Magazine article Talent Development

Turning Gamers' Hobbies into IT Careers

Magazine article Talent Development

Turning Gamers' Hobbies into IT Careers

Article excerpt

According to a 2017 Korn Ferry Hay Group survey of more than 2,100 U.S. companies, 42 percent of organizations can't find qualified candidates for their open IT jobs. And in an April 2017 survey by Robert Half, 24 percent of responding chief information officers listed playing or developing video games as a hobby that could increase the appeal of entry-level IT job seekers. That made it the second-most appealing hobby after web development. So, some people without traditional IT backgrounds might be (literally) gaming themselves into opportunities to train for these positions.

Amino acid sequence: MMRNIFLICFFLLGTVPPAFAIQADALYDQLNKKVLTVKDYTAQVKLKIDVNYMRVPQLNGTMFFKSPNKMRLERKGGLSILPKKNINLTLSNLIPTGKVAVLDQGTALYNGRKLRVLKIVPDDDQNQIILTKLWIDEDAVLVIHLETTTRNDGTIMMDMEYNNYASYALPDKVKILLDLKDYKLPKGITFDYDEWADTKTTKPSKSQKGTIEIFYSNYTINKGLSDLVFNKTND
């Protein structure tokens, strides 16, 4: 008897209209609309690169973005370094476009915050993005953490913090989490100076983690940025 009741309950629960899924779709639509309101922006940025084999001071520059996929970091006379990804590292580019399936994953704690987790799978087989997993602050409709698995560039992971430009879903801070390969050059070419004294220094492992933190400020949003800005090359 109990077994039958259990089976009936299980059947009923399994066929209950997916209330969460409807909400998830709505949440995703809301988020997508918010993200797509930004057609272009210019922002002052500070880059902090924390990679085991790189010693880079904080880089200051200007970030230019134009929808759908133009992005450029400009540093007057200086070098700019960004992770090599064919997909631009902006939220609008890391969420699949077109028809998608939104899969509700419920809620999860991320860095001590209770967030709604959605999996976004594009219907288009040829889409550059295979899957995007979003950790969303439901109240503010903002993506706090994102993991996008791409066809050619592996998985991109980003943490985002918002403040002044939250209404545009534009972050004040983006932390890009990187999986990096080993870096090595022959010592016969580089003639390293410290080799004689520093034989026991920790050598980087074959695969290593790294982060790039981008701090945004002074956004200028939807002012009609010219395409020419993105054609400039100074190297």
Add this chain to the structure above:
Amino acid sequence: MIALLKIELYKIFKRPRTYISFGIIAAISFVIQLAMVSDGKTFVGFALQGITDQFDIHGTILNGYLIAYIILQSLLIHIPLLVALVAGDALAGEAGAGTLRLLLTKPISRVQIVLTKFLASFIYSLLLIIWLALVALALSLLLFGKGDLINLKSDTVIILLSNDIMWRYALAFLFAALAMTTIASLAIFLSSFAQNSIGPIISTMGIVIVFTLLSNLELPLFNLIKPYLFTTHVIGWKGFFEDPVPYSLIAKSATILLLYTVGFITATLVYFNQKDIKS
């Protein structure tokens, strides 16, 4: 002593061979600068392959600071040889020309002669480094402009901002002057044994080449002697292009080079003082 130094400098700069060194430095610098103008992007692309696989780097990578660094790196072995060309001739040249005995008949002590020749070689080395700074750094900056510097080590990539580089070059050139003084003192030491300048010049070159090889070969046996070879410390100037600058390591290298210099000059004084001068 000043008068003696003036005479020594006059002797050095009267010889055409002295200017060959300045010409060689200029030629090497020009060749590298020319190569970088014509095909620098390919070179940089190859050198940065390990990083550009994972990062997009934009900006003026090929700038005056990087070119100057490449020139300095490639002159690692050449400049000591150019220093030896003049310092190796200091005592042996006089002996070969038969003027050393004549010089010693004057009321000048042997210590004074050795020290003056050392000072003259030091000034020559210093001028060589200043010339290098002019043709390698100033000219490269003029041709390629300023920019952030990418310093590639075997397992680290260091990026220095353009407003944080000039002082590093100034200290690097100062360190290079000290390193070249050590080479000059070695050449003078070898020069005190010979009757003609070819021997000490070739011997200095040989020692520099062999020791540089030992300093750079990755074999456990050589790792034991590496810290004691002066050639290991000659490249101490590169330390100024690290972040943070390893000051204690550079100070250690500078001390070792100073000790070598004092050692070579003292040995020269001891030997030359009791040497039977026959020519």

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Apparently, playing video games can cultivate many of the skills a person will use in an IT career. According to John Reed, senior executive director for Robert Half Technology, when gamers spend their time trying to beat new levels and unlock new challenges, it "requires a lot of trial and error, a lot of problem solving." Those capabilities, in turn, "translate directly into the technology field, where you're often using technology to figure out how you solve business problems. …

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